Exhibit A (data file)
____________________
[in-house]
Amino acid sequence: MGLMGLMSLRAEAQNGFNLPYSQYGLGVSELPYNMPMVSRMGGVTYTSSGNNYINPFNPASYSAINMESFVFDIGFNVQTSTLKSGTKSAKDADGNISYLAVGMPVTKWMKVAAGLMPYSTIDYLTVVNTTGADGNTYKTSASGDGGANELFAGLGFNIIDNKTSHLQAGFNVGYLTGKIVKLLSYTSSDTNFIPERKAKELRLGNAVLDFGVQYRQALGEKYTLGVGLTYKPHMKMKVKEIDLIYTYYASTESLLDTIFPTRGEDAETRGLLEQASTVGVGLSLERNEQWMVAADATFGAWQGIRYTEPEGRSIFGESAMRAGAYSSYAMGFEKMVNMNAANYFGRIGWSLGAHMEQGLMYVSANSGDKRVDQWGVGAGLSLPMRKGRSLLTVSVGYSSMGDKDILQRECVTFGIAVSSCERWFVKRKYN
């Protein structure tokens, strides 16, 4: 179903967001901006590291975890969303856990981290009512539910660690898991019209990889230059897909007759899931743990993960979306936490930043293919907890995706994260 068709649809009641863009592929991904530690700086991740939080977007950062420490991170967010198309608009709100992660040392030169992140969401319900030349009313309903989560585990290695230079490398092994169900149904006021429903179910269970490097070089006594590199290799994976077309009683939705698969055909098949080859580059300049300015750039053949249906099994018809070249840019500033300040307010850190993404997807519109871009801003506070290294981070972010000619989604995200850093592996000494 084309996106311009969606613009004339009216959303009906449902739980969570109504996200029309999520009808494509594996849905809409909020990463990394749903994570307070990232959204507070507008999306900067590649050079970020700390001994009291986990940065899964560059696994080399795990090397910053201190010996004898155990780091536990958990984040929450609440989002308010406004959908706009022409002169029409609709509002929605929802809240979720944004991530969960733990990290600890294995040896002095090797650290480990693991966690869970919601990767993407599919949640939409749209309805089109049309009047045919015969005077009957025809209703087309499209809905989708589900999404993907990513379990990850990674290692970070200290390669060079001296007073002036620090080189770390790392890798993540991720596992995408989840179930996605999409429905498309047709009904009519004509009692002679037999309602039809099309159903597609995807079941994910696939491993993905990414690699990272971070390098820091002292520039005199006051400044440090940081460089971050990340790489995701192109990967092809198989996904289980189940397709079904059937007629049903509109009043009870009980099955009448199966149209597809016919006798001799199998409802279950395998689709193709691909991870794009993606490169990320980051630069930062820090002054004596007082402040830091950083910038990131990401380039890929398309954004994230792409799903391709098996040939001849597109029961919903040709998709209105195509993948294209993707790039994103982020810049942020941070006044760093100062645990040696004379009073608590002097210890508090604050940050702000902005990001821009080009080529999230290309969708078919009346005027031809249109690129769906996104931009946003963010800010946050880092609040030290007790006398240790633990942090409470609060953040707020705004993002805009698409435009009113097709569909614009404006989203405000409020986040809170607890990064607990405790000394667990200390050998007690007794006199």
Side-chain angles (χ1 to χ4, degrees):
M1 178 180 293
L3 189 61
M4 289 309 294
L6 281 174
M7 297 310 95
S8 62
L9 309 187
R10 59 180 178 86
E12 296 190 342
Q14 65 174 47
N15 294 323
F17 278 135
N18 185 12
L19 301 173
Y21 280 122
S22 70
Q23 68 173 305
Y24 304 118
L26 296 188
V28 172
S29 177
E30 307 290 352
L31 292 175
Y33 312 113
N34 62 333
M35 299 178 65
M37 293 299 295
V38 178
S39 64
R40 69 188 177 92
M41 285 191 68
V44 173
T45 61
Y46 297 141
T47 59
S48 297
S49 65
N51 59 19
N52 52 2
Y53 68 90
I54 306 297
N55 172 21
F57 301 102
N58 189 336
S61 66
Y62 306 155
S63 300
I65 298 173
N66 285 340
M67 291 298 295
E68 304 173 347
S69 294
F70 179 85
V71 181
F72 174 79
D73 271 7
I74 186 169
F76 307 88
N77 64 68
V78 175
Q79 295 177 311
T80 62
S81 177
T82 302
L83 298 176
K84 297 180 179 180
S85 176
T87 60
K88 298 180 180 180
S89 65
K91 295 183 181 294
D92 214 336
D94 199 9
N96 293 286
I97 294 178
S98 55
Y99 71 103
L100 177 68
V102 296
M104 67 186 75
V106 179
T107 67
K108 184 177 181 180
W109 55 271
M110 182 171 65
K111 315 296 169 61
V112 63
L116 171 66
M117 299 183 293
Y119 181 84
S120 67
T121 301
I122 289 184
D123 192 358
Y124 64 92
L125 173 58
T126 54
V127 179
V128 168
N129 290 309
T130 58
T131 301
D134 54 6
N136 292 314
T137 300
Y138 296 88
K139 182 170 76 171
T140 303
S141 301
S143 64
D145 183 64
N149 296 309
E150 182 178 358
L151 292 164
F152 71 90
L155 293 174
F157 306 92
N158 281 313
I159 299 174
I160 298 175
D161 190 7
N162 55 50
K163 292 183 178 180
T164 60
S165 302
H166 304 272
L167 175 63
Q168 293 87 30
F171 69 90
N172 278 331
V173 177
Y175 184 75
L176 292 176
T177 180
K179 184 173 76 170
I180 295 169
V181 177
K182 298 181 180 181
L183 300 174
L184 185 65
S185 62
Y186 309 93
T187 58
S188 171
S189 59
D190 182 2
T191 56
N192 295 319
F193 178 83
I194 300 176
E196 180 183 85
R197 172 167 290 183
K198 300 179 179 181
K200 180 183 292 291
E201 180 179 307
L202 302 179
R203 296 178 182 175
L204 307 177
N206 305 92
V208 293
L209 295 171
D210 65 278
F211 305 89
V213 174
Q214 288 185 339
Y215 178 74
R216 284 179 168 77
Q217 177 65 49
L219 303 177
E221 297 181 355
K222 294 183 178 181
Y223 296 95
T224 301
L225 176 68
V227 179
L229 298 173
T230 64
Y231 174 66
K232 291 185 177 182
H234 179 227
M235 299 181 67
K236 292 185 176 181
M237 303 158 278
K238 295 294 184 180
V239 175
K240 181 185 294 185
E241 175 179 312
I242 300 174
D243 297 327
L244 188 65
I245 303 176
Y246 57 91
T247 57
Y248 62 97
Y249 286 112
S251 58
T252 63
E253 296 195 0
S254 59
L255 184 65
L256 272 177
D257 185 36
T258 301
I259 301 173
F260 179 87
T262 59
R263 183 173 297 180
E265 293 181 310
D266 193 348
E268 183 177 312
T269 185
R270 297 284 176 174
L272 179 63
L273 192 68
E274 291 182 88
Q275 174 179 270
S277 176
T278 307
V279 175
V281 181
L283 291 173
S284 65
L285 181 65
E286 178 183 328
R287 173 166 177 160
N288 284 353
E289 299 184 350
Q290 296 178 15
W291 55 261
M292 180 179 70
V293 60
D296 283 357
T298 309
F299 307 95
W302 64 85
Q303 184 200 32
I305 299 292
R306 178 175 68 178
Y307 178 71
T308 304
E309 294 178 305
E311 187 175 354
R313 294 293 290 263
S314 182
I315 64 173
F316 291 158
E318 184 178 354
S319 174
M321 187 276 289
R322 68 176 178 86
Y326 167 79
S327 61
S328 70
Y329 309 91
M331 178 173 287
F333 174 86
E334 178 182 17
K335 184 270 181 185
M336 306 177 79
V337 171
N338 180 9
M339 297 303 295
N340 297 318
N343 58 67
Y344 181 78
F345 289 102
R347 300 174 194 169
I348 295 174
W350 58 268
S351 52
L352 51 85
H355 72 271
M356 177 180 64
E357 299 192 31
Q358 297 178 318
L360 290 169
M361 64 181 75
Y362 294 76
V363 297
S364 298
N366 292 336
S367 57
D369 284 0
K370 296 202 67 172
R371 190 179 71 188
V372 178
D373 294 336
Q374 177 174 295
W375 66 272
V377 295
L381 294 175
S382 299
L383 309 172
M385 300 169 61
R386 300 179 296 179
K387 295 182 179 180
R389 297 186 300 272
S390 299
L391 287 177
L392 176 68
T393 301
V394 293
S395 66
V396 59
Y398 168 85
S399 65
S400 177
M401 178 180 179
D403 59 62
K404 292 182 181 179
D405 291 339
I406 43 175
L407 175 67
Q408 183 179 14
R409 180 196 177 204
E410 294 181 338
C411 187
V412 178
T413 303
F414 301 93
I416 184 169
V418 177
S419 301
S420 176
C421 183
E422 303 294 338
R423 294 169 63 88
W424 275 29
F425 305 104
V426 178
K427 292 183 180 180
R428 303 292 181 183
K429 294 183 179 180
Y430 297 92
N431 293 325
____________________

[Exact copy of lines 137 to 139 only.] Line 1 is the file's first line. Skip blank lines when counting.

L176 292 176
T177 180
K179 184 173 76 170